Fitbit announced this week regulatory clearance in both the US and Europe for its electrocardiogram (ECG) app to identify atrial fibrillation (AFib). The company received an 510(k) designation for its app to assess AFib, a condition that affects more than 33.5 million people globally. According to the company, the new ECG app allows people to take on-the-spot readings to check for AFib at any time. It adds to the expanding suite of applications Fitbit has been racing to incorporate into its wearable devices such as blood oxygen measurement and early detection of COVID-19.
Why it matters
The news builds momentum for Fitbit which has been propelled center stage of big tech competition. Last year Google announced its intention to acquire the activity tracker company for over $2 billion. Since then Fitbit has been expanding its suite of applications showing they are serious about developing more medically-related features. Recently, Fitbit released early results for predicting symptoms of COVID-19. The company has partnered with research organizations to show that wearables provide a valuable role in detecting infection. If Fitbit gains traction in the fight against COVID-19 it could be a key player in global health and gain a valuable edge in wearable consumer technology.
Earlier this month Fitbit rather quietly introduced another capability—an estimate of blood oxygen saturation—but only in select markets. Apparently its sensors measure the relative reflection of red and infrared light from blood via the wrist, and using variations in heart rate can estimate blood oxygen levels. Such a feature would be valuable in tracking health and respiratory status and both wellness and disease. The company had possibly hoped to gain some excitement for an application still in testing, and scoop Apple Watch’s approaching next series debut.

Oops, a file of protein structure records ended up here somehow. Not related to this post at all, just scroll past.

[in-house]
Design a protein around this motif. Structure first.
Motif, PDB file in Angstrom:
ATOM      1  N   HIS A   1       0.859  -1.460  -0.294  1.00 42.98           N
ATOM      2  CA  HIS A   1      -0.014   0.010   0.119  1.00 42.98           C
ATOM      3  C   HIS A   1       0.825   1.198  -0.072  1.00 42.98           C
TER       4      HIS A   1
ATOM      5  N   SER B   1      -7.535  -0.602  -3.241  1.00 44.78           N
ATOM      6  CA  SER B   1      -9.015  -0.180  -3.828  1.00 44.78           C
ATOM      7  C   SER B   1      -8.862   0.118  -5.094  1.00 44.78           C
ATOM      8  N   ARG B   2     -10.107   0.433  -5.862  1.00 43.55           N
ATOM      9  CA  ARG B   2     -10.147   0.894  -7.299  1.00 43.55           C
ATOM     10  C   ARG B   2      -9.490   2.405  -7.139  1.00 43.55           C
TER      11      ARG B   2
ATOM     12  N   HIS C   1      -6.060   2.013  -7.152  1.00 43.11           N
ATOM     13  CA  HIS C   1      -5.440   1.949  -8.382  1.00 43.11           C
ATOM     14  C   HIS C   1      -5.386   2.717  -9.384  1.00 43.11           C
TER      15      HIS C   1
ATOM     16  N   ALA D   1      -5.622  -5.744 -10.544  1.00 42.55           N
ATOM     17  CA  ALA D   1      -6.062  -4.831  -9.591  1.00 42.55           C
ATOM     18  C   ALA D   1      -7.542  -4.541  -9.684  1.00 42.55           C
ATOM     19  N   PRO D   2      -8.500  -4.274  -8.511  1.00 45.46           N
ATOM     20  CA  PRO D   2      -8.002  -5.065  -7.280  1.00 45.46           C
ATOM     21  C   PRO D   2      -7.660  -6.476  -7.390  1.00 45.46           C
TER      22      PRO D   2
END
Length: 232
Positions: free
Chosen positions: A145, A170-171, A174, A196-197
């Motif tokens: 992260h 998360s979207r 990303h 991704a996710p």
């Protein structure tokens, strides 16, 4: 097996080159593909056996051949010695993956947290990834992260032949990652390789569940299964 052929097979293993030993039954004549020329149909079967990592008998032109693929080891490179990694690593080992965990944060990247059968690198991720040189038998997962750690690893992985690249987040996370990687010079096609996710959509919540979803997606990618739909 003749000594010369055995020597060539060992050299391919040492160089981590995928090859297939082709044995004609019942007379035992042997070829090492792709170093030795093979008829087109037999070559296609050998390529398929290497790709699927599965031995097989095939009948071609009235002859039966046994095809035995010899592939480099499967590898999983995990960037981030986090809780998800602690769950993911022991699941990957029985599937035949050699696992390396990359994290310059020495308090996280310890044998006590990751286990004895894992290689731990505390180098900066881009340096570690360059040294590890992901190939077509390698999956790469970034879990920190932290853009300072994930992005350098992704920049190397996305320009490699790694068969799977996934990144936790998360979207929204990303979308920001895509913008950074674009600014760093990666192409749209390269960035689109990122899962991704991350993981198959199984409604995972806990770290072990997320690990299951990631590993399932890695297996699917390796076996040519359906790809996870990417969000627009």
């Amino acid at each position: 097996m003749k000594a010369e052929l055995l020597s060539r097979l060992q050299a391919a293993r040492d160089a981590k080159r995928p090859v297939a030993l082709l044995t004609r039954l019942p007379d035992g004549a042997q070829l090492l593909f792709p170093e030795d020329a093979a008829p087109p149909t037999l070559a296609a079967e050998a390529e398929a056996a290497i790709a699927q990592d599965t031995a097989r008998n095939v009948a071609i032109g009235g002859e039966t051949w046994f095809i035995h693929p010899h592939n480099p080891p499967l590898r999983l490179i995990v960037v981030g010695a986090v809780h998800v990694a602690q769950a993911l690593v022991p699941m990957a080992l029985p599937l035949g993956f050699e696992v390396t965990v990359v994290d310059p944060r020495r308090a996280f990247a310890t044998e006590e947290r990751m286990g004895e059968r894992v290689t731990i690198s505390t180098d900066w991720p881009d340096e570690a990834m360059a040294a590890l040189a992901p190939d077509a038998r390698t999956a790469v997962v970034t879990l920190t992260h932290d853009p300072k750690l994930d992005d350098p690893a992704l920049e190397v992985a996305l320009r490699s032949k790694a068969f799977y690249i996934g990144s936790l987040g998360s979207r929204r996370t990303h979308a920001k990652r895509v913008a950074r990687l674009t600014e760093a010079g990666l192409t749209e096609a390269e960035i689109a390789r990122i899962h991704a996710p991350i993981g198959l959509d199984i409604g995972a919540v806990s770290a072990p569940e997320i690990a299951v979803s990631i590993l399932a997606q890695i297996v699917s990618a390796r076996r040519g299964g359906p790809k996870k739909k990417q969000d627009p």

This week the Apple Watch Series 6 made headlines with the announcement of “breakthrough wellness and fitness capabilities” including a “revolutionary” feature that measures oxygen saturation, or SpO2, similar to the capability being tested by Fitbit. In its announcement Apple also noted collaborations with researchers to conduct health studies such as exploring how the device’s blood oxygen measurements and other physiological signals can help manage and control asthma.
The FDA had granted Apple de novo status for its elegant ECG app in 2018. This was lauded by the health tech industry as a breakthrough product with the equivalent of a lead I tracing from a traditional ECG. Embedded in the app is Apple’s proprietary algorithm which is able to determine the presence of AFib or sinus rhythm on a classifiable waveform. Some doctors and investors hailed the innovation as a “big breakthrough” with high expectations to expand the wearable diagnostic market and reach more at-risk populations.
The AFib app was based on the Fitbit Heart Study which was launched in early 2020. Fitbit Heart was a large-scale, virtual study to validate the use of its wearable technology to identify episodes of irregular heart rhythm suggestive of AFib. The company stated that it had enrolled more than 400,000 participants in just over four months.
The study bears striking resemblance to a high profile trial called the Apple Heart Study which was done in partnership with Stanford and had the goal of identifying irregular heart rhythms such as AFib. Launched in 2017, the study was proudly proclaimed as an unprecedented virtual study with over 400,000 participants in only eight months. Results were published last year in the prestigious New England Journal of Medicine.
Fitbit built its reputation as an easy-to-use health tracker since 2008 with its iconic step counter in a discreet wrist band. The simple, intuitive gadget helped solidify the company’s reputation as the healthy lifestyle device-of-choice for millions of people keeping an eye on their daily steps. Over the years the company packed more technology into its tracker in order to gain access to bigger consumer markets. Along the way, it built larger devices that eventually morphed into smart watches. Fitbit became a favored wearable diagnostic in over 500 clinical research studies due to its excellent battery life and high patient compliance.
Some healthcare experts are skeptical that Fitbit wearables can continue to play the fast follower and maintain a strong market position in the face of increasing innovation from Apple Watch. Distinguished Harvard Professor Regina Herzlinger questions the Google and Fitbit marriage in a recent posting, “Will Google’s purchase of FitBit succeed? Chances are not terrific,” and she suggests the company’s data is potentially more valuable than the activity tracker business.